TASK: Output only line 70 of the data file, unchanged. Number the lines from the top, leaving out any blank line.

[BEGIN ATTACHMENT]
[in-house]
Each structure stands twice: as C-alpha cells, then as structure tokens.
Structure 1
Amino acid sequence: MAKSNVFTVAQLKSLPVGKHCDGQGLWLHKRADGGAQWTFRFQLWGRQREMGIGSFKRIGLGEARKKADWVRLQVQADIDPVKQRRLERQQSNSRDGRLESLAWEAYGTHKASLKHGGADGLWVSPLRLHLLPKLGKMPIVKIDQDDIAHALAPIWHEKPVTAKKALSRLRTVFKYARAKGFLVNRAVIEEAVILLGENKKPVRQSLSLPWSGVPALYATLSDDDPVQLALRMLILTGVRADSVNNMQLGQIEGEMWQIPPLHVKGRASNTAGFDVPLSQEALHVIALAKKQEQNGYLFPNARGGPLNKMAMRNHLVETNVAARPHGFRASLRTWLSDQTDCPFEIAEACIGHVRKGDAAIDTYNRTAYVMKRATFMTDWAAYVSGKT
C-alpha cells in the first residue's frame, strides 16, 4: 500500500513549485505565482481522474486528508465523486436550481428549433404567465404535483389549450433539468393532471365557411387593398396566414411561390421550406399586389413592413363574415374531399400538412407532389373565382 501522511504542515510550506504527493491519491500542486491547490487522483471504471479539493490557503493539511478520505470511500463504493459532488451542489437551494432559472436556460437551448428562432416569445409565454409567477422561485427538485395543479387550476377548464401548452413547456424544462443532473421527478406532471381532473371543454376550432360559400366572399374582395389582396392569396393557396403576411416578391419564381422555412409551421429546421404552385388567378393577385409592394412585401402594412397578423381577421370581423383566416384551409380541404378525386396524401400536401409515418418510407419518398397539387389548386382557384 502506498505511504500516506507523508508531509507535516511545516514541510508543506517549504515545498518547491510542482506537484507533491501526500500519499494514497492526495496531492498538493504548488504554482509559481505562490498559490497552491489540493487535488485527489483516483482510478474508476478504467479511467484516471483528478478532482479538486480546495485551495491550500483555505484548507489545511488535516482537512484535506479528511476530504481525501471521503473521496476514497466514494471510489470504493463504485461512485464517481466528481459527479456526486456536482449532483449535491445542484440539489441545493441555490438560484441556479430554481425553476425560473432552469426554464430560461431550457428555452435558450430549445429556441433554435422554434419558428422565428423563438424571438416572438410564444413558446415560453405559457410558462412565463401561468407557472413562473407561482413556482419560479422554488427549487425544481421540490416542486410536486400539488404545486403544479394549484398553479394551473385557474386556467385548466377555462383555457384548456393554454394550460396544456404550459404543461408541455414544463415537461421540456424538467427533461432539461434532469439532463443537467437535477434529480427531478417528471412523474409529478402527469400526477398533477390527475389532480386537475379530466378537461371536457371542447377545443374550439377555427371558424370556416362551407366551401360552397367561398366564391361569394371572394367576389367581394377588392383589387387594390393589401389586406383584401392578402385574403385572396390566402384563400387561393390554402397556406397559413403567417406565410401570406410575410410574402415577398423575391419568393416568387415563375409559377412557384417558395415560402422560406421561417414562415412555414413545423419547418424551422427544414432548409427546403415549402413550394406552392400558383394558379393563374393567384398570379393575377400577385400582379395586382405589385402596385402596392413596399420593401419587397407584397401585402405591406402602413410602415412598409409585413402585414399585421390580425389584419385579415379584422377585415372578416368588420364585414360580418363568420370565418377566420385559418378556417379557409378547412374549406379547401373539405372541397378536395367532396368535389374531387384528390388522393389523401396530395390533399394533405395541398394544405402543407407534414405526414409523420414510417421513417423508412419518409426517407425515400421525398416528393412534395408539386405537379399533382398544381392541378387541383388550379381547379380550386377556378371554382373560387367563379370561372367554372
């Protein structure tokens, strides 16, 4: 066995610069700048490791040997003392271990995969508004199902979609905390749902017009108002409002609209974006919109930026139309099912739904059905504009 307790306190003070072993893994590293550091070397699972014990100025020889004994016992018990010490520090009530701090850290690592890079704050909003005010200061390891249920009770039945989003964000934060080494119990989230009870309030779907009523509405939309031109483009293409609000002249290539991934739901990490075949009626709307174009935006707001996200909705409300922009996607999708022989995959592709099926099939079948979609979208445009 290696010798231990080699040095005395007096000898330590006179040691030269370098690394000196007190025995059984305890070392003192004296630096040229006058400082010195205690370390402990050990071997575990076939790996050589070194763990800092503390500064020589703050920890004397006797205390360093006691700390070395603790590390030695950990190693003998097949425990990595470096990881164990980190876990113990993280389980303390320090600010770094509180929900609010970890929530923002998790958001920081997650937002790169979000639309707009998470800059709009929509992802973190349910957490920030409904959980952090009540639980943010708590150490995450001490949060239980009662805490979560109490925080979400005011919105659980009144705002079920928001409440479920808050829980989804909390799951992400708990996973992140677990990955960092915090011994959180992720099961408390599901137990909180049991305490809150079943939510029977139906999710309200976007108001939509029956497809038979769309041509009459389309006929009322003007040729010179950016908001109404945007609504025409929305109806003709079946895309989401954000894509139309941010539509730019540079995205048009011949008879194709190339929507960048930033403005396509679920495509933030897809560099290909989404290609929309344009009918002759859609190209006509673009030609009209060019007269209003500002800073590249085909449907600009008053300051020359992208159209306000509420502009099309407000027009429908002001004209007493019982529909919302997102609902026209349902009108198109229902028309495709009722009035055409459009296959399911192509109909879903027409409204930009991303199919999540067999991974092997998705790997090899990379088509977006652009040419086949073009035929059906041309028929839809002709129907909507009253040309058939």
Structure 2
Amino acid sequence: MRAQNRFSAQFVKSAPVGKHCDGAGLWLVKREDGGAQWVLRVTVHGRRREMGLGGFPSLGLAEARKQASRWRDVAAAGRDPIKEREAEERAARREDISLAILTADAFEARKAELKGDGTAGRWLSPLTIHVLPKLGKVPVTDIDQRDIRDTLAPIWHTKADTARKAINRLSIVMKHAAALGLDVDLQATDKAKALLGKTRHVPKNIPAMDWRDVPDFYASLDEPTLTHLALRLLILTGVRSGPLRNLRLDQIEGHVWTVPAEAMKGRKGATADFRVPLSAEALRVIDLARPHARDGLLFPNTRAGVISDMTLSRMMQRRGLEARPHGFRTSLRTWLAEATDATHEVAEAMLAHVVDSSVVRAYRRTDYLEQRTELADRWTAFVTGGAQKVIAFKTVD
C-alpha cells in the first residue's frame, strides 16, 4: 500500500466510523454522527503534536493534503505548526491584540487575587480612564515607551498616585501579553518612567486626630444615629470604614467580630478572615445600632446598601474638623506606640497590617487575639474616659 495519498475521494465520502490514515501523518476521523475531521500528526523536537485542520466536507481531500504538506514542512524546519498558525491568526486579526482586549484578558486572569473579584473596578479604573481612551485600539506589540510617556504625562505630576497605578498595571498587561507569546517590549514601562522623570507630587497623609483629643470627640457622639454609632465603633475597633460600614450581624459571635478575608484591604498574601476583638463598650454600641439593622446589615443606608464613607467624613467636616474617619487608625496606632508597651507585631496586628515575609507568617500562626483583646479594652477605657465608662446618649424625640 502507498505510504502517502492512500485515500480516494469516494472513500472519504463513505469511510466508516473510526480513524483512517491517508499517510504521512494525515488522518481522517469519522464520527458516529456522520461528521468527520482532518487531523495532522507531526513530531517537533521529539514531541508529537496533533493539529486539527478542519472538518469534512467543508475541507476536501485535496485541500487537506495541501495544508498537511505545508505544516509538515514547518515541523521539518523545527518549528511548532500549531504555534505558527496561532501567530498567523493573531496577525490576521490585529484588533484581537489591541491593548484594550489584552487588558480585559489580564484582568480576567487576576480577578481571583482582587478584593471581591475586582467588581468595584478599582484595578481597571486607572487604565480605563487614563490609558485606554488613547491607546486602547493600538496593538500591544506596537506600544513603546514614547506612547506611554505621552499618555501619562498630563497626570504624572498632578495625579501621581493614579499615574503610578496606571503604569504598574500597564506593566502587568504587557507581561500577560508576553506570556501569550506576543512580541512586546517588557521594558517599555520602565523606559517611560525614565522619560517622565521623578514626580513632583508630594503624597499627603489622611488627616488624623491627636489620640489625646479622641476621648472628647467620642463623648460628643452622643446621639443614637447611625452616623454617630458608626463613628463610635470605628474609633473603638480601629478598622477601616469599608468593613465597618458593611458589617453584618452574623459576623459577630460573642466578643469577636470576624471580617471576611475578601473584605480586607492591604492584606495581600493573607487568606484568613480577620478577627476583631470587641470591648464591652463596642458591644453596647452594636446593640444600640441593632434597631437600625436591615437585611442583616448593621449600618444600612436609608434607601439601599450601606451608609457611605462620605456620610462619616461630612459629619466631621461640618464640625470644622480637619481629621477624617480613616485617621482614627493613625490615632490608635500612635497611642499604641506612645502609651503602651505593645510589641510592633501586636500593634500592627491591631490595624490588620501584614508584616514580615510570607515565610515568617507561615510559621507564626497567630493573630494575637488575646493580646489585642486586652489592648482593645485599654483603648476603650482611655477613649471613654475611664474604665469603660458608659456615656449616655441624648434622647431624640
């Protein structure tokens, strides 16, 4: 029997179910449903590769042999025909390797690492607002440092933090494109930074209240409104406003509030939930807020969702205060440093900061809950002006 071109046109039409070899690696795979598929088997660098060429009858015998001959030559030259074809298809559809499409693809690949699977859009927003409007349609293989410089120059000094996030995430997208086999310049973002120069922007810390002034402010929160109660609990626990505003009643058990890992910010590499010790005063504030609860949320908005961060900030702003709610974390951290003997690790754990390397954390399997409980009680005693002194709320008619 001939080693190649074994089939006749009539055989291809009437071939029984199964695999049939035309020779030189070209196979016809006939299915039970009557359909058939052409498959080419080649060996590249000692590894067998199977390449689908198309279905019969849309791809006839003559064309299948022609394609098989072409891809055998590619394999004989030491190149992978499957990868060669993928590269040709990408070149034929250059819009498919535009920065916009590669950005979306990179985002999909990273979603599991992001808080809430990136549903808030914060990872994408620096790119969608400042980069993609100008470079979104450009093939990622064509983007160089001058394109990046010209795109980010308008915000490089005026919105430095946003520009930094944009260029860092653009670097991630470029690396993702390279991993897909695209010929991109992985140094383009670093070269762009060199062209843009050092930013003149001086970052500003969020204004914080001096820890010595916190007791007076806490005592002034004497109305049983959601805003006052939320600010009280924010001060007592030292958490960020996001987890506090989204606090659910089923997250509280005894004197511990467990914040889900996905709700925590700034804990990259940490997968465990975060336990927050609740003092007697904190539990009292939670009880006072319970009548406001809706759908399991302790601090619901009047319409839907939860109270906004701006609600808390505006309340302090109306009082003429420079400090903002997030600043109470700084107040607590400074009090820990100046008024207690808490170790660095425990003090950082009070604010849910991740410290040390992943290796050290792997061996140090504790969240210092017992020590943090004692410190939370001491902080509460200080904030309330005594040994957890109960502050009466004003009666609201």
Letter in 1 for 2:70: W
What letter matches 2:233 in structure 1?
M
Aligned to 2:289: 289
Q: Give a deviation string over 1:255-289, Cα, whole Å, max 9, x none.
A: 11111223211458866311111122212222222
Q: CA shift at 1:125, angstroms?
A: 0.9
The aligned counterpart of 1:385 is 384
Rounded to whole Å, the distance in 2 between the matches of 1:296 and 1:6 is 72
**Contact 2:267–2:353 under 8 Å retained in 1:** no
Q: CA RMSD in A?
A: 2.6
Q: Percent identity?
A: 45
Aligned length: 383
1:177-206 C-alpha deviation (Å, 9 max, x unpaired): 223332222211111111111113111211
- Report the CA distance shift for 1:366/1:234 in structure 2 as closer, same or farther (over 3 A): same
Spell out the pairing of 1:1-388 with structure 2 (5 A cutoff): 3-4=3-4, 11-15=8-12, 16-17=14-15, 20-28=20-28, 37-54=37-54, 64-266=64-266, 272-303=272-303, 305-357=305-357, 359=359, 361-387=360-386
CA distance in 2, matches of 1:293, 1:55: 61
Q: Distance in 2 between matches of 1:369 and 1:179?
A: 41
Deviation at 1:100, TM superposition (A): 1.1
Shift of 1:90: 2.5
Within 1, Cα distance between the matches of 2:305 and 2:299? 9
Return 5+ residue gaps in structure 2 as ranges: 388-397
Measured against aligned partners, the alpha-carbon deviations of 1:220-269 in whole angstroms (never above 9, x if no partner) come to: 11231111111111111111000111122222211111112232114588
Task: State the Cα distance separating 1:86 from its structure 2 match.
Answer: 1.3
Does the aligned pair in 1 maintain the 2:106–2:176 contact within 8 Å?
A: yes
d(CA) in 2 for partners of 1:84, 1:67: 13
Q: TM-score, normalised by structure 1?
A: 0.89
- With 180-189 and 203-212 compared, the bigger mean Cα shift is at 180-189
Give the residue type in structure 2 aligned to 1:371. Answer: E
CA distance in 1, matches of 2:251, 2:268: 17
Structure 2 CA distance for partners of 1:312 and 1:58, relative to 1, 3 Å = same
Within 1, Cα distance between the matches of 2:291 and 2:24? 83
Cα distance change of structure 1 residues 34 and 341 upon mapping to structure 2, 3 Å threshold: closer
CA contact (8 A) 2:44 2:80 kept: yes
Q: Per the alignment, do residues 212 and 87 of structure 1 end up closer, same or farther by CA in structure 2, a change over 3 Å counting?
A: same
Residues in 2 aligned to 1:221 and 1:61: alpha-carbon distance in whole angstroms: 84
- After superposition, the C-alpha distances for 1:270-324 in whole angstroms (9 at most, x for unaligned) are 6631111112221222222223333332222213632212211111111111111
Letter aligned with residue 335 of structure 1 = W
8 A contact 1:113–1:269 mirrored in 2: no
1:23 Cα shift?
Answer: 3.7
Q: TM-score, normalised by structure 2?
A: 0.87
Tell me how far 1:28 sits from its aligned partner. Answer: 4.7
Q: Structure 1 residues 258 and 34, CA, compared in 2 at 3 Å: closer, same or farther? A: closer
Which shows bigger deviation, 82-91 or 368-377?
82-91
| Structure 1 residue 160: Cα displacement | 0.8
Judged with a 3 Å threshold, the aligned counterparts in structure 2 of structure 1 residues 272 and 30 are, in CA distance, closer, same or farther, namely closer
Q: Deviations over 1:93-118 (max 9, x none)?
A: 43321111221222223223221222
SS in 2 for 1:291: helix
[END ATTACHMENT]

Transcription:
SS in 2 for 1:291: helix